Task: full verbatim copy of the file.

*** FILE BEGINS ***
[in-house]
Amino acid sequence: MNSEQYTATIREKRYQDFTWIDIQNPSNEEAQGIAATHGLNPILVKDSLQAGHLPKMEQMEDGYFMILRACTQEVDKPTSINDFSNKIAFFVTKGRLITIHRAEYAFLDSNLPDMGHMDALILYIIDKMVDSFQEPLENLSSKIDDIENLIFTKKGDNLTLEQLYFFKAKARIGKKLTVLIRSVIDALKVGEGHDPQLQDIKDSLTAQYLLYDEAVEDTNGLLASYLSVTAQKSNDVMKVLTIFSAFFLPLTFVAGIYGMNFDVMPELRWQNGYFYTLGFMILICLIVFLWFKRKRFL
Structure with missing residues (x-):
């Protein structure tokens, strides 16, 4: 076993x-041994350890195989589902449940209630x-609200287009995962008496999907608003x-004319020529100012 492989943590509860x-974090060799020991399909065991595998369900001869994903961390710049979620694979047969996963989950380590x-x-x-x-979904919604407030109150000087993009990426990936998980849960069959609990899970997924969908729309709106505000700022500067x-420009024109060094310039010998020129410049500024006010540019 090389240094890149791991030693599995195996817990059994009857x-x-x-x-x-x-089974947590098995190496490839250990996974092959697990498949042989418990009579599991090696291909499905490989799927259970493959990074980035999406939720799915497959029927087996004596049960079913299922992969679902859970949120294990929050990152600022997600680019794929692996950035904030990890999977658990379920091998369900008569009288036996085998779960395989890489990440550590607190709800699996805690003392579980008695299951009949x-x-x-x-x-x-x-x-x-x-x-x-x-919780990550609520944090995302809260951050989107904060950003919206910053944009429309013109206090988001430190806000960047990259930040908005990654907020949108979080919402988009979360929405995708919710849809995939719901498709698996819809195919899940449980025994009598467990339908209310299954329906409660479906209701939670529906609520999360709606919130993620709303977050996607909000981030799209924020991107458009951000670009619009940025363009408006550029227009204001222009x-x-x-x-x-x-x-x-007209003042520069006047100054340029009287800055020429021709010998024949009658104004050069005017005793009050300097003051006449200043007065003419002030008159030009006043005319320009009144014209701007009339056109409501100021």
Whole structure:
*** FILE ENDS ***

[in-house]
Amino acid sequence: MNSEQYTATIREKRYQDFTWIDIQNPSNEEAQGIAATHGLNPILVKDSLQAGHLPKMEQMEDGYFMILRACTQEVDKPTSINDFSNKIAFFVTKGRLITIHRAEYAFLDSNLPDMGHMDALILYIIDKMVDSFQEPLENLSSKIDDIENLIFTKKGDNLTLEQLYFFKAKARIGKKLTVLIRSVIDALKVGEGHDPQLQDIKDSLTAQYLLYDEAVEDTNGLLASYLSVTAQKSNDVMKVLTIFSAFFLPLTFVAGIYGMNFDVMPELRWQNGYFYTLGFMILICLIVFLWFKRKRFL
Structure with missing residues (x-):
């Protein structure tokens, strides 16, 4: 076993x-041994350890195989589902449940209630x-609200287009995962008496999907608003x-004319020529100012 492989943590509860x-974090060799020991399909065991595998369900001869994903961390710049979620694979047969996963989950380590x-x-x-x-979904919604407030109150000087993009990426990936998980849960069959609990899970997924969908729309709106505000700022500067x-420009024109060094310039010998020129410049500024006010540019 090389240094890149791991030693599995195996817990059994009857x-x-x-x-x-x-089974947590098995190496490839250990996974092959697990498949042989418990009579599991090696291909499905490989799927259970493959990074980035999406939720799915497959029927087996004596049960079913299922992969679902859970949120294990929050990152600022997600680019794929692996950035904030990890999977658990379920091998369900008569009288036996085998779960395989890489990440550590607190709800699996805690003392579980008695299951009949x-x-x-x-x-x-x-x-x-x-x-x-x-919780990550609520944090995302809260951050989107904060950003919206910053944009429309013109206090988001430190806000960047990259930040908005990654907020949108979080919402988009979360929405995708919710849809995939719901498709698996819809195919899940449980025994009598467990339908209310299954329906409660479906209701939670529906609520999360709606919130993620709303977050996607909000981030799209924020991107458009951000670009619009940025363009408006550029227009204001222009x-x-x-x-x-x-x-x-007209003042520069006047100054340029009287800055020429021709010998024949009658104004050069005017005793009050300097003051006449200043007065003419002030008159030009006043005319320009009144014209701007009339056109409501100021």
Whole structure: